For those who wish to be among the truthful, Prophet Muhammed (pbuh) has left us with these words of guidance, “Let he who believes in God and the Last Day either speak good or (otherwise) remain silent”.

A successful, vibrant society is based upon honesty and justice, and is intolerant of dishonesty in all its various forms.  The Prophet Muhammed (pbuh) exhorted the faithful to be scrupulously honest in all their social dealings, business transactions, etc. at all times.

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A Sham of a Trial

12th October 2021

Verdict a foregone conclusion as Pilate is bought

Although the interrogation of  Jesus in a joint hearing by Annas and Caiaphas was not a trial, General Atiku, it was more or less conducted along the lines of a trial.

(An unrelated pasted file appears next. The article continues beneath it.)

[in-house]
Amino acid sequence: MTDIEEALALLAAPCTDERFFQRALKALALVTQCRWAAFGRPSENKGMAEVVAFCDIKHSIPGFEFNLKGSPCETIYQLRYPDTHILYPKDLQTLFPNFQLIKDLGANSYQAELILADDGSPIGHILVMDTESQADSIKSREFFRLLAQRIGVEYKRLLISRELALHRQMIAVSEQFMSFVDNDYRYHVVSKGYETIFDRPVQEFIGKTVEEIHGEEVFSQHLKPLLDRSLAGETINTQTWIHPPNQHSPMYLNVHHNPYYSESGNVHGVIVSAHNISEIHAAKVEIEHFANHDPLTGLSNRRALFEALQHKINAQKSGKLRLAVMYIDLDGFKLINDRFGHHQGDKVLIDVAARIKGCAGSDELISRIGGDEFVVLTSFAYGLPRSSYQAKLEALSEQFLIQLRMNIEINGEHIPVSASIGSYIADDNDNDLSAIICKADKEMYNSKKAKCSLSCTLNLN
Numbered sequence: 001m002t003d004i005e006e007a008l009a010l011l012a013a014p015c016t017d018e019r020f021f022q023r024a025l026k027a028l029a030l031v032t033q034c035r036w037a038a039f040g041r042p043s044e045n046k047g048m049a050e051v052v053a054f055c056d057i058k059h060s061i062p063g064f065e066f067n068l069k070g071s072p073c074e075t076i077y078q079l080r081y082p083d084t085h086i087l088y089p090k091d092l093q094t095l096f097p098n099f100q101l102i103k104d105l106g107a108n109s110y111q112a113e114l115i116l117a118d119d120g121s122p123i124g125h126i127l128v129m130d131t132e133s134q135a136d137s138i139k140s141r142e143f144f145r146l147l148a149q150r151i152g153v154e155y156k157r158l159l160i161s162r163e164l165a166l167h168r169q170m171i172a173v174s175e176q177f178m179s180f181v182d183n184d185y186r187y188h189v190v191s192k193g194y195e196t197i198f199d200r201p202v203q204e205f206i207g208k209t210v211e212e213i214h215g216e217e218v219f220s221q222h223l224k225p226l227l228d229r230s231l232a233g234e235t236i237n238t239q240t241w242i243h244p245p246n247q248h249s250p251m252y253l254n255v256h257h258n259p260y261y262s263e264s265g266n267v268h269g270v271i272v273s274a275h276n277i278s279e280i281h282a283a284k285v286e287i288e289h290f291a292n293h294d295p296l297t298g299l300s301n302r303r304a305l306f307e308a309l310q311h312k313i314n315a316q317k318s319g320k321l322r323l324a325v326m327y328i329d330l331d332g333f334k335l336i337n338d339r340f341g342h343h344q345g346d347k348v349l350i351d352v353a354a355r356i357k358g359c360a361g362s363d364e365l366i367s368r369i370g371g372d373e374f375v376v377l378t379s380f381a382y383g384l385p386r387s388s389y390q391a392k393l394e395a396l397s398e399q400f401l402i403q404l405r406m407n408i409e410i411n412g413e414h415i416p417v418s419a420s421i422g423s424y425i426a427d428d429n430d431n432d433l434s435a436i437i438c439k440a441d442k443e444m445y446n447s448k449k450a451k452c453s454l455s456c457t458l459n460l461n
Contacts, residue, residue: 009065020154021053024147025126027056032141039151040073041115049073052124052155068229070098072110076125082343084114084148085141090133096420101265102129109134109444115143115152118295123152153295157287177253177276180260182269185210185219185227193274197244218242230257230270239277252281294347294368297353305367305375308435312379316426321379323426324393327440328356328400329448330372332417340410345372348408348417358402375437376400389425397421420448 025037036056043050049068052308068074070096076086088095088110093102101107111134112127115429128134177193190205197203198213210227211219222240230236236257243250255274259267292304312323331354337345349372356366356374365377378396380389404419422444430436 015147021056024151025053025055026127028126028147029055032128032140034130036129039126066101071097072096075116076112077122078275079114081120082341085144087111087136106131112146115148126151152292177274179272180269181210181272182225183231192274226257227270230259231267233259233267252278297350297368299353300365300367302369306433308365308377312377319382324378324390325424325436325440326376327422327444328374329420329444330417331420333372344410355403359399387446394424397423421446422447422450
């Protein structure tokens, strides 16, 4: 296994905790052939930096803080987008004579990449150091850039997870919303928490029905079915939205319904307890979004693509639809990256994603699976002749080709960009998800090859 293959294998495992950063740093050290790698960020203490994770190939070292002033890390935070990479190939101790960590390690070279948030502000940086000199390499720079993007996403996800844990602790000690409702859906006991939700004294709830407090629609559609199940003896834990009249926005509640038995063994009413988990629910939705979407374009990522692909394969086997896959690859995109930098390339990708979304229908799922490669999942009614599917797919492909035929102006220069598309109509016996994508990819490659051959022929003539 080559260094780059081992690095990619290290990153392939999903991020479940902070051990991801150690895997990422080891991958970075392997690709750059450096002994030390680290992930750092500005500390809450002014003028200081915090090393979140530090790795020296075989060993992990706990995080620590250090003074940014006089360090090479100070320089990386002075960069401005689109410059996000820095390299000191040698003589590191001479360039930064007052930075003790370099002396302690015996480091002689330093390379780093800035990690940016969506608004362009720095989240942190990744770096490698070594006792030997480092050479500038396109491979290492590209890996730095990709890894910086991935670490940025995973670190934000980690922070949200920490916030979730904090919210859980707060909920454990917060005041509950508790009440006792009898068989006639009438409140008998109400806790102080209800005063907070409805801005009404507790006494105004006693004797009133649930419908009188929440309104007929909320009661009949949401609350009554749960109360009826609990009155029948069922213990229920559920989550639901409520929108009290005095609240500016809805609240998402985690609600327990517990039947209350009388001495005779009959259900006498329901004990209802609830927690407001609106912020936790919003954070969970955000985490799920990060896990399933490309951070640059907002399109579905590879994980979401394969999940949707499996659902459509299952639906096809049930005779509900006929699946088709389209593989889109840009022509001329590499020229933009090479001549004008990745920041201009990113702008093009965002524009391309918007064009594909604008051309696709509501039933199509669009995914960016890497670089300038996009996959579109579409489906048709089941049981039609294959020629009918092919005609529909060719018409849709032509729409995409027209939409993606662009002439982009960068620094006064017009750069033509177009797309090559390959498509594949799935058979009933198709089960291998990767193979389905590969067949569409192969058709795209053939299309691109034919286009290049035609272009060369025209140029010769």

Jesus had a defending witness. This was one of  his disciples, Bartholomew, whose real name was John Marcus. Apparently, Jesus was allowed only one such witness. Besides his principal accuser, the turncoat Judas Iscariot, there were a number of witnesses who testified against him. The gospels  refer to them as false witnesses but this is probably an exaggeration: they simply misunderstood some of his statements largely because he tended to use allegorical language, which could be properly interpreted only by Gnostics. On occasion, he chose to be deliberately ambiguous, as when he said, “Do to Caesar what is due to Caesar and to God what is due to God.”